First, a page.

James Bay - Chaos & The Calm
by Emily Pratten
After releasing three successful EPs and winning the Critics Choice Award at the BRITS this year (over the likes of Years & Years), I imagine people were expecting a lot from James Bay’s full-length debut, Chaos & The Calm - not to say that they’ll be disappointed. I really doubt that it’s good journalism to say this, but I think that fans of James Bay will like this album and people or are on the fence will be turned off. He’s a very talented young man, but he’s not groundbreaking.
I am personally an enormous fan of the song Hold Back The River, which is the second song on the album. Previously released as a single and featuring on PearShaped’s very own Listening Post, it’s upbeat and catchy and his voice is at it’s best. Let It Go and If You Ever Want To Be In Love follow the single, both songs from previous EPs, both are good, both feature similar tempos and similar vocal range. And this is a kind of pattern with this album, in that after a while the voice and the range and the lyrical content of longing and love becomes ever so slightly monotonous. He’s got a beautiful voice but unless you’re in love with it, I imagine it could become slightly boring.
Collide is a really good song - the guitar is bold and strong and the jazzy-blues style is a fresh change of pace, but it’s the only song where it really occurs with any level of success. I really dislike giving bad reviews and I don’t think I’m giving a scathing one, I’m just attempting to convey that like contemporary Tom Odell, it’s an album with a few really great stand out tracks and then several that fall a little short. It’s not captivating throughout - it’s safe and pleasant but as a result it’s fairly forgettable. It’s nothing like Hozier’s recent album, for example, which is dark and moody and angsty and takes a few creative risks here and there.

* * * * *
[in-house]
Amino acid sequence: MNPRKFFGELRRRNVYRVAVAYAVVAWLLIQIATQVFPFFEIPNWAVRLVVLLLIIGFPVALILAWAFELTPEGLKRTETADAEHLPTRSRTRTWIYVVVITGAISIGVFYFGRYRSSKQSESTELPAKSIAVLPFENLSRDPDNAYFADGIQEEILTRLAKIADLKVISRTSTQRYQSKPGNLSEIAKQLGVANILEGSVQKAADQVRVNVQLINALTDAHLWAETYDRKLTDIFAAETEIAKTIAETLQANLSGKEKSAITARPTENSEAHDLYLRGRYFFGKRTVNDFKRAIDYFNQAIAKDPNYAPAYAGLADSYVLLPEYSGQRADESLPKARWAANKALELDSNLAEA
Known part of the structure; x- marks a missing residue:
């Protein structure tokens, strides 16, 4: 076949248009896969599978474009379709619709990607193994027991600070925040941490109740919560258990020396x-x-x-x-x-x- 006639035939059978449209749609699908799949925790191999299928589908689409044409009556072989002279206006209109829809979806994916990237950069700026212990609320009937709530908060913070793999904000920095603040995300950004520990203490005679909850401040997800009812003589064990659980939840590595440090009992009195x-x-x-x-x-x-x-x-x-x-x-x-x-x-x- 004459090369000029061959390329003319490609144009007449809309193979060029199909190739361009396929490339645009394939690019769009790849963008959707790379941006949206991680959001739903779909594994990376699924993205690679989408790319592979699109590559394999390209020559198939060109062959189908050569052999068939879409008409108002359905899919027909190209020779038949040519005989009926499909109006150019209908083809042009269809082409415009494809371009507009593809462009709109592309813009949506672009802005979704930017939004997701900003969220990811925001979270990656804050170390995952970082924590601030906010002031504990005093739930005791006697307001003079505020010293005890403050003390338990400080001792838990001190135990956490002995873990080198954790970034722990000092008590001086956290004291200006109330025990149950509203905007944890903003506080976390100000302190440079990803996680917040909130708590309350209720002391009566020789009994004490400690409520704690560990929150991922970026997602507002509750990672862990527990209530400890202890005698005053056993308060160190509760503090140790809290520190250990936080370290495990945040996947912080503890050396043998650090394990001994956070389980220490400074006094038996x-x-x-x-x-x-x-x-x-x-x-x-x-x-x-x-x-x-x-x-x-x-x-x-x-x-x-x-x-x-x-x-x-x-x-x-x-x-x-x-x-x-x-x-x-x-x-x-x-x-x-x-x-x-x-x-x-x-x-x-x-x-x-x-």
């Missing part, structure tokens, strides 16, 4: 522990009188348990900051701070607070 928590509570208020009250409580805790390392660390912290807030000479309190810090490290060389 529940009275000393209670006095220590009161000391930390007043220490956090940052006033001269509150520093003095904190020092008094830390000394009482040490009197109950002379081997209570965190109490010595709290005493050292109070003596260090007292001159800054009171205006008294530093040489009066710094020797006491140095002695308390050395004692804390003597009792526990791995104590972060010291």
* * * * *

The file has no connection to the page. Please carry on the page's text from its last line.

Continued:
Chaos & The Calm is soulful and bluesy and full of the Americana soft-rock tropes we’ve come to expect. His voice is really lovely, for sure, but there’s not always the emotional depth you crave with singer-songwriters. Emotional depth is prevalent on Let It Go and a couple of others, but fails to deliver elsewhere. I would be very happy to listen to the album again or to have it on in the background while I did other things, but it’s not one to nurture heartstrings or that I’ll be enthusiastically recommending to every poor sod that I can force to listen to me (which I’ve been known to do, with varying levels of success).
There are choirs and kick-drums in various places, but for the most part this album is a lot less focused on the chaos and is instead chilling in the safe and mediocre realm of the calm. Which is great if that’s what floats your boat. It’d be interesting if he pushed himself outside of troubadour tropes to discover something a little less safe and a little more creatively daring.